Very impressive! Where does this gadget operate from? Is it wired in at the geyser? Or somewhere in your db?

Hi @Swartkat I have it wired just before the geyser, after my sonoff POW and isolator, so I can keep track of the power usage. It does have a fused output to the geyser.

Some more feedback from today.
Happy to say I got close to the Target Temp for my “solar” timeline

image
From roughly 30C

But in the DB?

Else you would have to run outside or climb into the ceiling where the geyser is every time you want to ease of the gas?

Nope, in the ceiling, so if you look at the pictures, I have a servo attached to the “gas pedal”
And control the servo via ESPHome so I can turn it up or down with ease.

Now if this could track forecast + current load…

It’s essentially a high-power dimmer switch with a stepper motor attached :slight_smile:

But how is the control done? (or is it manual?)
If this is to be automated then somehow the available power needs to be established… :question:

Let me elaborate on control.

as @plonkster has said it is essentialy a dimmer switch with a servo stuck to it using double sided tape, coz thats what ive done :sweat_smile:

The servo is attached to a D1Mini flashed with Esphome and integrated into home assistant.
Along with this I have various power usage integrations in home assistant.
My axpert inverter gives me load, battery discharge, battery charge and pv input data
A sonoff pow on my geyser circuit gives me power usage for that circuit
A current clamp on my mains feed gives me total grid feed.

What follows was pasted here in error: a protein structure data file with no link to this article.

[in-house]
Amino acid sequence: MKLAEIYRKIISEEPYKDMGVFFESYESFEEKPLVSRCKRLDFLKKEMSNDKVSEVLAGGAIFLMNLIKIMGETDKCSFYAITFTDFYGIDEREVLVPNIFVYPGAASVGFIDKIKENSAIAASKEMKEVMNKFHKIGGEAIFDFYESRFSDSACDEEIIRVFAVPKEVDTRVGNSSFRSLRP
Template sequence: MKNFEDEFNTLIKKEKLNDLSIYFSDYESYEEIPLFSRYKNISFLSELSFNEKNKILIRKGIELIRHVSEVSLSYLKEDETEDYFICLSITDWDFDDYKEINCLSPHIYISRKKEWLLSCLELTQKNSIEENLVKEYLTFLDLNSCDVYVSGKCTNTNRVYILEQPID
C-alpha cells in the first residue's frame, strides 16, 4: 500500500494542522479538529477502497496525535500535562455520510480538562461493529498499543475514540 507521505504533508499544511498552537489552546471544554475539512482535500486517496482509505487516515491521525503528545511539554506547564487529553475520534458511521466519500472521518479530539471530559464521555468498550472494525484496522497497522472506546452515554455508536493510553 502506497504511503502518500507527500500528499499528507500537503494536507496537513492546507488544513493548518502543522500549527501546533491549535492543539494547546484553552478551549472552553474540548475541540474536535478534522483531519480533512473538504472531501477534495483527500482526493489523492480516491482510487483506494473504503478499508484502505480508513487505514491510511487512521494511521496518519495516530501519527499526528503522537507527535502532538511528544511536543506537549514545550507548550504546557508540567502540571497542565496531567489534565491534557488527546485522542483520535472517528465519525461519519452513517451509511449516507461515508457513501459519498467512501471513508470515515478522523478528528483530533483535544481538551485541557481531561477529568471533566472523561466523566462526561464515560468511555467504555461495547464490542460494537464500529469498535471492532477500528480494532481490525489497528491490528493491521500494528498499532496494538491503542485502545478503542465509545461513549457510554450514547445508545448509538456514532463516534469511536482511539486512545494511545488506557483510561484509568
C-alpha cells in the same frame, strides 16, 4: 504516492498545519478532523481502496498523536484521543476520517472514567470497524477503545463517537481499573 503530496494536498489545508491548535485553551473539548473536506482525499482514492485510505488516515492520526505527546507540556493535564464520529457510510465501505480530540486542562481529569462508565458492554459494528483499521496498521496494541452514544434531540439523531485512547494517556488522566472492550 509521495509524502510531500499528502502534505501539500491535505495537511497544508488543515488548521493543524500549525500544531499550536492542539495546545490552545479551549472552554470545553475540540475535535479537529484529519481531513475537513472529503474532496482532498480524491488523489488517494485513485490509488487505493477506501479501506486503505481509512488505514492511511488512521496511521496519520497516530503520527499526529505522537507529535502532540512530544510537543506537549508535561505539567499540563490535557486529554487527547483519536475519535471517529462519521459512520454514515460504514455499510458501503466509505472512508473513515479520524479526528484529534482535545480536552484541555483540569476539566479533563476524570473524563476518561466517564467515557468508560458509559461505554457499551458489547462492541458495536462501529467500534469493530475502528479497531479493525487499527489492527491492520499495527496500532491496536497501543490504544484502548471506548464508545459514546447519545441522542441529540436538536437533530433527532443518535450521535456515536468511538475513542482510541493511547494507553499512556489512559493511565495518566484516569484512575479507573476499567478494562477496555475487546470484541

I have remote control of the servo from Home Assistant, so no climbing ladders, walking to the DB or anything, I have full control from my phone or PC.

So I will continue fine tuning the setup, but here is the basis that I currently control it on.

The various automations I have in place include
Geyser runtime schedule (10AM to 4PM with a target temperature of 74C)
I do not track solar forecast, and I am not sure if other inverter brands can tell you what available PV is.
But the easiest way is to assume all pv is always available until proven otherwise.
If the geyser is running and the inverter reports that I am using battery power (not enough pv) then the geyser power is turned down by 10s every 30s until I dont use battery power or I reach 50% and turn the geyser off. Once turned off, the geyser is not allowed to turn on for 15Min, this gives my batteries some time to regain the slight charge used from pv. After this the geyser will turn back on. If they geyser runs at a lower Wattage, it has to run at that “dimmed” level for 15mins before the automation will add 5% power back untill I start dischaging the battery again or reach 100% power.

If it is a crappy pv day the geyser will run for 30s every 15mins.
I have setup a new automation that will cater for a “Max” number of attempts.

I have not had this running long enough for this automation to be used.

@calypso @Richard_Mackay @Swartkat I hope this explenation helps.

image

A snippet of the power usage section from my explanation.

Ok! This sounds much like the gizmos that you find you need after you’ve bought your fancy grid tie inverter! (I speak from painful personal experience)
Proportional control (variable as opposed to on/off) of the current that the element draws is quite sophisticated. In the control business this is normally done by a PID controller. This is a classic analog controller which might be available in Home Assistant…
A simpler approach now that you’ve reduced your element size would be to measure the PV power by another panel (e.g. you could use a Consol Jar light PV panel). Connect a resistor to load the PV output voltage so that it only provides full voltage when the sun is 100%.
This will track the sun’s power. If you can connect this into your system you’ll be able to determine the sun’s power and know when you can switch on your geyser element…
This should provide the ability to simply control with a contactor rather than using proportional control.

You implemented here, very low duty :stuck_out_tongue_winking_eye: PWM with fuzzy logic control loop….

Groetnis

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@C.Potgieter I’m going to give it to you. Legend one man! Like what you did.